Some areas of Bolivia reach extremely high altitudes, like La Paz, which ranges from 11,154 to 13,123 ft above sea level.
Western Bolivia is also at a high altitude, including the Salar de Uyuni, Lake Titicaca, and the cities of Potosi and Oruro. High altitude can cause a number of health concerns, and it doesn't matter if you're in excellent health, or 87 years old. You could be next.
The symptoms of altitude sickness include:
To prevent altitude sickness as much as possible, it's important to take the necessary steps to acclimatize (especially at altitudes of 9,000 ft above sea level or higher), get adequate rest, and listen to your body – if you're exhausted, don't over exert yourself. Coca leaves are a local remedy for altitude sickness but take care when consuming as they do have side effects. Another option is acetazolamide, which is used as a preventative.
If you have any of these symptoms, you should seek medical treatment as soon as possible especially if they don't go away and get worse. Lack of treatment can result in serious complications and at worse, death.
Coca is a commodity in Bolivia, and it's been grown and used in a variety of ways for centuries. Coca-leaf tea is considered a remedy to cure altitude sickness, so don't be surprised if it's offered to you at some point.
Additionally, soroche pills – another form of coca medicine meant to treat altitude sickness – also contain high levels of caffeine, and could make you very ill.
Chewing Coca leaves is common, and often done as a way to curb appetite. If you do so, be sure to only chew the leaf. Swallowing it can make you very sick.
Before you pack your bags, be sure to plan accordingly for any potential health issues so that you can enjoy a healthy, happy and memorable trip.
It's important to dress appropriately for severe weather conditions in Bolivia. Especially consider the temperature fluctuations that occur in mountainous areas, particularly during the day compared to night.
If you're going on a salt flats tour, pack plenty of layers to keep you warm during both night and day. While it looks sunny, the temperatures might not be what you expected.
The reflection of the suns rays off the salt flats will make sunburn a bigger cause for concern. Wear a hat, sunscreen, sunglasses, and long sleeves to cover your skin as much as possible – you'd hate to have peeling skin on day two of a four-wheel-drive tour across the desert – those bumpy roads won't be ideal on red-raw skin.
The recommended vaccinations for travel to Bolivia include:
It's also a good idea to get those routine vaccinations up to speed, because nothing will cramp your traveling style like illness does.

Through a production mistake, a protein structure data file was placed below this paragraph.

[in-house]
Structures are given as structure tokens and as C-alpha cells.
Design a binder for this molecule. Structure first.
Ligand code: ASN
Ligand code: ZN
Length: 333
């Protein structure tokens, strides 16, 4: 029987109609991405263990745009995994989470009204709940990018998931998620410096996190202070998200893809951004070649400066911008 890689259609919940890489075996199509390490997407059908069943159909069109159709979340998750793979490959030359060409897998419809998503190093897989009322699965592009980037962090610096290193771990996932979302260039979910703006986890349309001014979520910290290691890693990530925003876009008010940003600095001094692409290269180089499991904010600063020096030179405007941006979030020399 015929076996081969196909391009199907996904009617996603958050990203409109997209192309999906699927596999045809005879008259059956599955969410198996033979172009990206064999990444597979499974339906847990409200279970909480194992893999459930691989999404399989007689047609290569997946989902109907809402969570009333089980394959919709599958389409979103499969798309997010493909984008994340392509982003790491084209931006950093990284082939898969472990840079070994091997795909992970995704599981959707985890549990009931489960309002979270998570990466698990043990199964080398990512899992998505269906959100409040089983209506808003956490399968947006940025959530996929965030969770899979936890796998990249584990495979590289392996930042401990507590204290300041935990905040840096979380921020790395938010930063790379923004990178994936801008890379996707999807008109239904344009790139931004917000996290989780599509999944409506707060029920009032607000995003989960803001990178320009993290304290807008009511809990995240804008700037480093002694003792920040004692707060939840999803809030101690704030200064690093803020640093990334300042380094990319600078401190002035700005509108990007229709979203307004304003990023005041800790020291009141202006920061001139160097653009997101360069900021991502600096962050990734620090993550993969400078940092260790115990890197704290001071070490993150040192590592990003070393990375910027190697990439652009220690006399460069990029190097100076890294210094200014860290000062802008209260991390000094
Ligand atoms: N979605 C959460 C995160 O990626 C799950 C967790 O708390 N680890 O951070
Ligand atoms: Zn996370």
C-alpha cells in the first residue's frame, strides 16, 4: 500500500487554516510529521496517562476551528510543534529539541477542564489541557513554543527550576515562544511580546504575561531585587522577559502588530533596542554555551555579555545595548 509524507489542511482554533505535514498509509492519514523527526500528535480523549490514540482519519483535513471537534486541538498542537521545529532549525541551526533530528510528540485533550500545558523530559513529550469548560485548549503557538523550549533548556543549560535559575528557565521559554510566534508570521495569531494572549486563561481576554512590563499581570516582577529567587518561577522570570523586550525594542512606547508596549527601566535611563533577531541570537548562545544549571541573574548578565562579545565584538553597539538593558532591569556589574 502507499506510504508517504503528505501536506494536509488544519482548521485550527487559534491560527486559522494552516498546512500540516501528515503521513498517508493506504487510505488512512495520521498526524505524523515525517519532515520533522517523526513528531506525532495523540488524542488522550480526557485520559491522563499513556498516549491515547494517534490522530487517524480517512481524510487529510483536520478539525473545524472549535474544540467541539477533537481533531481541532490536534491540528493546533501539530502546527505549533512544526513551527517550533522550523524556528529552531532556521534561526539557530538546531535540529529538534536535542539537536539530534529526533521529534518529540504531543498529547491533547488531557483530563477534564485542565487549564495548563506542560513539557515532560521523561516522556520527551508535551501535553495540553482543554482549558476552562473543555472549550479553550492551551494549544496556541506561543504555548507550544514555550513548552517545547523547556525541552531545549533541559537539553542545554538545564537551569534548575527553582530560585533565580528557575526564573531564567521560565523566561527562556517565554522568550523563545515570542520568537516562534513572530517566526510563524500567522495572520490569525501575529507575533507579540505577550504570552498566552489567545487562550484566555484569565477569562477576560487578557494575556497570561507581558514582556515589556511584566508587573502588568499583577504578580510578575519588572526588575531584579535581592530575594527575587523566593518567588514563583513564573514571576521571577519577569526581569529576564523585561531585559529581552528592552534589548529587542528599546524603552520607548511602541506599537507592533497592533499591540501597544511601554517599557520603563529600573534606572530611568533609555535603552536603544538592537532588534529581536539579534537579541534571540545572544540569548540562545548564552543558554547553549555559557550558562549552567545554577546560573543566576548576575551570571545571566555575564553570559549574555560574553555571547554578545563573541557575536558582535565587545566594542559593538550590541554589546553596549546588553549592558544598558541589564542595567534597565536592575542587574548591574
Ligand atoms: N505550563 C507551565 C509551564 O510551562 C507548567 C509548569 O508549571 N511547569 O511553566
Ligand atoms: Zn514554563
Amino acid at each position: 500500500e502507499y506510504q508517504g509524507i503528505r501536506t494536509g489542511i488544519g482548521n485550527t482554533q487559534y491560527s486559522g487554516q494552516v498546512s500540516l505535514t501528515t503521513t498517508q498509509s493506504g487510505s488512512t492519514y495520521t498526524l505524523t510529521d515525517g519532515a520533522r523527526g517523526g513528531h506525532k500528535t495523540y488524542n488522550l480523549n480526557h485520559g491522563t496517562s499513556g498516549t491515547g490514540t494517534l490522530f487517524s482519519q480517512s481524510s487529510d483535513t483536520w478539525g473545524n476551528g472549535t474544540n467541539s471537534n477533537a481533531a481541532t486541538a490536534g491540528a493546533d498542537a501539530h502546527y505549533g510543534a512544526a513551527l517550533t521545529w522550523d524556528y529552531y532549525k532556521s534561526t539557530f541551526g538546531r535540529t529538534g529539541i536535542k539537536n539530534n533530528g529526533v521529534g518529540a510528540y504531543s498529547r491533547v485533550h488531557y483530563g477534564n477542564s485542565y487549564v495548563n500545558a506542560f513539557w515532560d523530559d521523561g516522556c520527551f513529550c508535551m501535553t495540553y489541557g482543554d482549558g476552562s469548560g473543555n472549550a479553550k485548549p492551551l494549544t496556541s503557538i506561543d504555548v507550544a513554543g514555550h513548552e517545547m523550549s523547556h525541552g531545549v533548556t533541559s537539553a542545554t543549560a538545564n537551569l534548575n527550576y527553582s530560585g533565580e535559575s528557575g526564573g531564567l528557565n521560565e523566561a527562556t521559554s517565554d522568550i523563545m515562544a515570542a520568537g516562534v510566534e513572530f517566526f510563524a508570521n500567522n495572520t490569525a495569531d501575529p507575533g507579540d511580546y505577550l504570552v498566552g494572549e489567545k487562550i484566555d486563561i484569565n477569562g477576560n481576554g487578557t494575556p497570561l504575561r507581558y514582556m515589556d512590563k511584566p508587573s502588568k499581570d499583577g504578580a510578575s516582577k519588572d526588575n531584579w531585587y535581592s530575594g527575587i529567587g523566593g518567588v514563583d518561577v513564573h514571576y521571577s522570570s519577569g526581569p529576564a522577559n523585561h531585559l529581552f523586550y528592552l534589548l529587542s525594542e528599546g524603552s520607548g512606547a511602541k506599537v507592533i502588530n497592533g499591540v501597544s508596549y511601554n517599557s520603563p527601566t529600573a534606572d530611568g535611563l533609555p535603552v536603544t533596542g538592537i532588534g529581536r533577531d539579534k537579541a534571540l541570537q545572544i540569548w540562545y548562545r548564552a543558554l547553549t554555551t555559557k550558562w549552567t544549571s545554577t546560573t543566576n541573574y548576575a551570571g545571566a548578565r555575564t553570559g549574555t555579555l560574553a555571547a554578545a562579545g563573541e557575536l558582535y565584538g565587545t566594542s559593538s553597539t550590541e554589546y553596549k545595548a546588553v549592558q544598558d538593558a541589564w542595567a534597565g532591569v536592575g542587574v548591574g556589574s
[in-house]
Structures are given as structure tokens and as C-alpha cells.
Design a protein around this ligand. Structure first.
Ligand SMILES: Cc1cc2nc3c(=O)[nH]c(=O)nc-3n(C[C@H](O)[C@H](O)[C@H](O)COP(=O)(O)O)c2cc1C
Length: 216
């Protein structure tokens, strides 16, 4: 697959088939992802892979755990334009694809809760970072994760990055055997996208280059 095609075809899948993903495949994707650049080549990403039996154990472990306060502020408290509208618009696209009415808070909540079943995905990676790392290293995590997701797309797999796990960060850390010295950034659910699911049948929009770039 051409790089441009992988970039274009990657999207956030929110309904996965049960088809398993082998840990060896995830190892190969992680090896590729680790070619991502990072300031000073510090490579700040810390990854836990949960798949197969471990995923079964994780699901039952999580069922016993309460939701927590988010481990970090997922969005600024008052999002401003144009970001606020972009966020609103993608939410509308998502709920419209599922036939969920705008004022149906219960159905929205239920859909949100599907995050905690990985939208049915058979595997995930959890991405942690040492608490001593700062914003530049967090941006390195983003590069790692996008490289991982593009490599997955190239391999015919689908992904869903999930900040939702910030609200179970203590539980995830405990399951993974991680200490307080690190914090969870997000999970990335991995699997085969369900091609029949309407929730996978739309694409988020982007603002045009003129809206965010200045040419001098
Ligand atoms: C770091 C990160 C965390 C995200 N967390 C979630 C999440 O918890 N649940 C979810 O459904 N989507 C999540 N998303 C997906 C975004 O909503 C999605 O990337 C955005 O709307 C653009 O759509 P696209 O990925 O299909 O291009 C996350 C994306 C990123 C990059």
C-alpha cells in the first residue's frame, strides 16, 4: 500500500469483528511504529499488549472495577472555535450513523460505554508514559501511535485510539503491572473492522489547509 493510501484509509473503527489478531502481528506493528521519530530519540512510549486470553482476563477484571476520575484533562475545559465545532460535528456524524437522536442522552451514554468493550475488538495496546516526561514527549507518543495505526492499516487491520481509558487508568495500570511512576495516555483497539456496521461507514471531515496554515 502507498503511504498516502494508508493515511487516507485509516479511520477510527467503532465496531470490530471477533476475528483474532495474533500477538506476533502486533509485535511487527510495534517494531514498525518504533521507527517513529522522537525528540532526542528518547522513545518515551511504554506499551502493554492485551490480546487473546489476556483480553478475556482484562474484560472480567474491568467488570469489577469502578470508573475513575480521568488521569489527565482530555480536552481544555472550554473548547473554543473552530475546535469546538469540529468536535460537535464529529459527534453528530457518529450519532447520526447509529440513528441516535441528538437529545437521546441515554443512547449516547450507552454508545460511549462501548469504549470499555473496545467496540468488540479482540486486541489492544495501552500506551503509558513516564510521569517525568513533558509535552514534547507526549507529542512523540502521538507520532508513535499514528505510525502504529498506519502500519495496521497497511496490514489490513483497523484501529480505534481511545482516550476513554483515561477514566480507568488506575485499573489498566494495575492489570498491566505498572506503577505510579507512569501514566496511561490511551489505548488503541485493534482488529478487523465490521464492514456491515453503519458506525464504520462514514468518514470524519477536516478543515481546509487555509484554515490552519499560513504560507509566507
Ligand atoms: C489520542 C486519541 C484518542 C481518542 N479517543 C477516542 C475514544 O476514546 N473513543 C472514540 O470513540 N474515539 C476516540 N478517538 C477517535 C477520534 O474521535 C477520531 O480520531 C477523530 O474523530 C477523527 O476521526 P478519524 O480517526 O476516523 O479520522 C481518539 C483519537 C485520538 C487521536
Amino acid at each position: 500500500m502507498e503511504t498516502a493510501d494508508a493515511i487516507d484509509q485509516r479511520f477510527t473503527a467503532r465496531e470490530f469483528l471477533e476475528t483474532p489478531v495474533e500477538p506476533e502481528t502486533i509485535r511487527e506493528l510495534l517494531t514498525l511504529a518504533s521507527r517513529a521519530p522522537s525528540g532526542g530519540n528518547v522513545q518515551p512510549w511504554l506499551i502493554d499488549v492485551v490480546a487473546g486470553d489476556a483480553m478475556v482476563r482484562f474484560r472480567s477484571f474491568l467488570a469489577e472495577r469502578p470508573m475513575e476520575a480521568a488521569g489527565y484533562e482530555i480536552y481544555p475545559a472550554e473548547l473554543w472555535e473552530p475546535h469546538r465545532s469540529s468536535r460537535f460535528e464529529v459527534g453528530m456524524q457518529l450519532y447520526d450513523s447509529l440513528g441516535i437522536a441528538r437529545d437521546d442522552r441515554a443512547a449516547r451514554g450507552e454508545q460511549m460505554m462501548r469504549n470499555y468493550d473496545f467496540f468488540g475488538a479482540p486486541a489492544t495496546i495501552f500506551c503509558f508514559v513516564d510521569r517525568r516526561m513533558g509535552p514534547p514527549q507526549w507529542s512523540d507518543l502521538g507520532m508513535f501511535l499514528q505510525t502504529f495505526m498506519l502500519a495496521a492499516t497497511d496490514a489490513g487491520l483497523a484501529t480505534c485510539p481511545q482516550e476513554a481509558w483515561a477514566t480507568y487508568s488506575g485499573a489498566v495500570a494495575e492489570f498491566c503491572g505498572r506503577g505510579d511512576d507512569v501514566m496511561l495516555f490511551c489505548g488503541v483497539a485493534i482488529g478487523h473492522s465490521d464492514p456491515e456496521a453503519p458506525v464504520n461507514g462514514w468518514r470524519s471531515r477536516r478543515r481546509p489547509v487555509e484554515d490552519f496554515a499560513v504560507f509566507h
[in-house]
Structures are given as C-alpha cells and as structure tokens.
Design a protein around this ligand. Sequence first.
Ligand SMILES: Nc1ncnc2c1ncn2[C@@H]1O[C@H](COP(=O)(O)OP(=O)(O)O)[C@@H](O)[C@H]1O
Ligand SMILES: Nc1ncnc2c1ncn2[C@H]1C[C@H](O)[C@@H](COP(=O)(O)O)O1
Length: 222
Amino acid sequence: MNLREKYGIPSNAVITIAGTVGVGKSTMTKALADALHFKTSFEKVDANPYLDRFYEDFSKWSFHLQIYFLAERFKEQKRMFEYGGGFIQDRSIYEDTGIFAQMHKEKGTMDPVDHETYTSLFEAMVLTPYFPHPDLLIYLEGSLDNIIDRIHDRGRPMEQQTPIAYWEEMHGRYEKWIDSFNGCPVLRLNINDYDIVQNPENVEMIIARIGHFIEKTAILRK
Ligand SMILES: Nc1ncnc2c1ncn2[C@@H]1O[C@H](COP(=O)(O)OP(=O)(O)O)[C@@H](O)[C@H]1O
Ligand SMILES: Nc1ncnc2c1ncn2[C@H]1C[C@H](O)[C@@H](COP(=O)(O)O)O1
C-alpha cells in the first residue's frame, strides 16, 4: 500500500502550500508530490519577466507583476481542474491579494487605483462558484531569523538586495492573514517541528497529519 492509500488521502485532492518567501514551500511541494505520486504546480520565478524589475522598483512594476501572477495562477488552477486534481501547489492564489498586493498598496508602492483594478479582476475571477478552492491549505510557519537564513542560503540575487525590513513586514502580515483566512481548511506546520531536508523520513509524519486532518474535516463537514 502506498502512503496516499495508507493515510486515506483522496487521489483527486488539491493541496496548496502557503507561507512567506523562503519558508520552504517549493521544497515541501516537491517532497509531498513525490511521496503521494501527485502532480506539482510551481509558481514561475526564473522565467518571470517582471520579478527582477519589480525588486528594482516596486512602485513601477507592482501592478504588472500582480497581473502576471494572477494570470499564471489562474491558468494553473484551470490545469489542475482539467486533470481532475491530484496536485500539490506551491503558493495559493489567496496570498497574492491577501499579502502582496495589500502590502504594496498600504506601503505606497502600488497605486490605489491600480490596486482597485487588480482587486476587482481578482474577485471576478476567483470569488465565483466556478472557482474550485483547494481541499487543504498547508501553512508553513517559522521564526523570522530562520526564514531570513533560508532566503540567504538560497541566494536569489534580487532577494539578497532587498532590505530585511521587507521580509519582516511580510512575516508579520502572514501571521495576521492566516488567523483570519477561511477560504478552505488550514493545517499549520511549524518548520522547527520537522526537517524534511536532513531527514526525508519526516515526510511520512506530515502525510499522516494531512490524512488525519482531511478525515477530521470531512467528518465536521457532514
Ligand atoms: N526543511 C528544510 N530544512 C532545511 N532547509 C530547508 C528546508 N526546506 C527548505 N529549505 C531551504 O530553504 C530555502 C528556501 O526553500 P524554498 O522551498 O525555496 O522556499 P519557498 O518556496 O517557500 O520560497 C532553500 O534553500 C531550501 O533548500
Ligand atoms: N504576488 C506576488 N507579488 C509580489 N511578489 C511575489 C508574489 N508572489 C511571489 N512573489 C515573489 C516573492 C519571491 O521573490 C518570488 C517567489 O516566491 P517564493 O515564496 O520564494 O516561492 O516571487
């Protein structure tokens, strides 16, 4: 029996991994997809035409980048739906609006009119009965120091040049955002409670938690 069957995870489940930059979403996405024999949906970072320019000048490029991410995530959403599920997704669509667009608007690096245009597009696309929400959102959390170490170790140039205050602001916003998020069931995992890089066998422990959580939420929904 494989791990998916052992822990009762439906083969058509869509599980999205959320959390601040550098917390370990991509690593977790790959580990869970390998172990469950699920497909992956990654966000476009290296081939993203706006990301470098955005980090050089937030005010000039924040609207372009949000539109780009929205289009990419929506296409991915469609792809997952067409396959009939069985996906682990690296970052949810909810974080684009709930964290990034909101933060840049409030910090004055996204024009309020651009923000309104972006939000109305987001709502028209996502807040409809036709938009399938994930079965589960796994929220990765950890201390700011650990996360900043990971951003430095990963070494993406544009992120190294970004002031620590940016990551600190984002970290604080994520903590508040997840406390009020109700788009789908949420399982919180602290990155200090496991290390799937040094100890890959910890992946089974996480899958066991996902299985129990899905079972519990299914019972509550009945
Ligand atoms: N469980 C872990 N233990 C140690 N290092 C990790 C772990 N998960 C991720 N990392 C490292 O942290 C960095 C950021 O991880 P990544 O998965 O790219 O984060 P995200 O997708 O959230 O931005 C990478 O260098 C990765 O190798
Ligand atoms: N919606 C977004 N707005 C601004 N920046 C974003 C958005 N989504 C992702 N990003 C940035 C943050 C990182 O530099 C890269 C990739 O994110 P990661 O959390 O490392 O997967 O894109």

There's an ongoing problem with Dengue Fever in the eastern region of Bolivia, including the city of Santa Cruz. The areas of Pando, Beni, Yacuiba and Paracari have all seen outbreaks of malaria.
Dengue and malaria are insect-borne illnesses, so protect yourself by using a good quality insect repellant (preferably one containing DEET), and wear clothing that covers exposed skin of your arms, legs and feet. Zika virus and Yellow fever are also mosquito-borne diseases you need to protect yourself from. Zika virus is widely transmitted across Bolivia and doesn't have a vaccination so best to take precautions as you would for any mosquito-borne disease.
The subtropical areas of Bolivia carry a risk of Yellow Fever. You're advised to get vaccinated for this at least a month prior to traveling as you will need proof upon returning home if you travel from a country which has disease exposure. Some airlines even require that you show proof of this vaccine, and the certificate is necessary if you're planning on applying for a visa.
Rabies is a growing problem. If you plan on spending time in more rural areas (although, most of the country could be considered "rural"), you should consider getting a rabies vaccine prior to travel. If you happen to be bitten or even scratched by an animal, even if it's a domestic dog, you should seek medical attention.
Other diseases present in Bolivia include cholera, tuberculosis, tetanus, Chagas disease, typhus and Bolivian haemorragic fever.
Medical treatment in Bolivia is good in the bigger cities like La Paz, but like a lot of places tends to get a bit sketchy in rural areas. It is likely you will have to pay for treatment up front whether it's a doctor or hospital. Also consider taking a taxi to hospital as they can often be faster than an ambulance.
Pharmacies will generally stock most of the medications available in other countries but make sure you get the one supplied by a major manufacturer and check the date before consuming.
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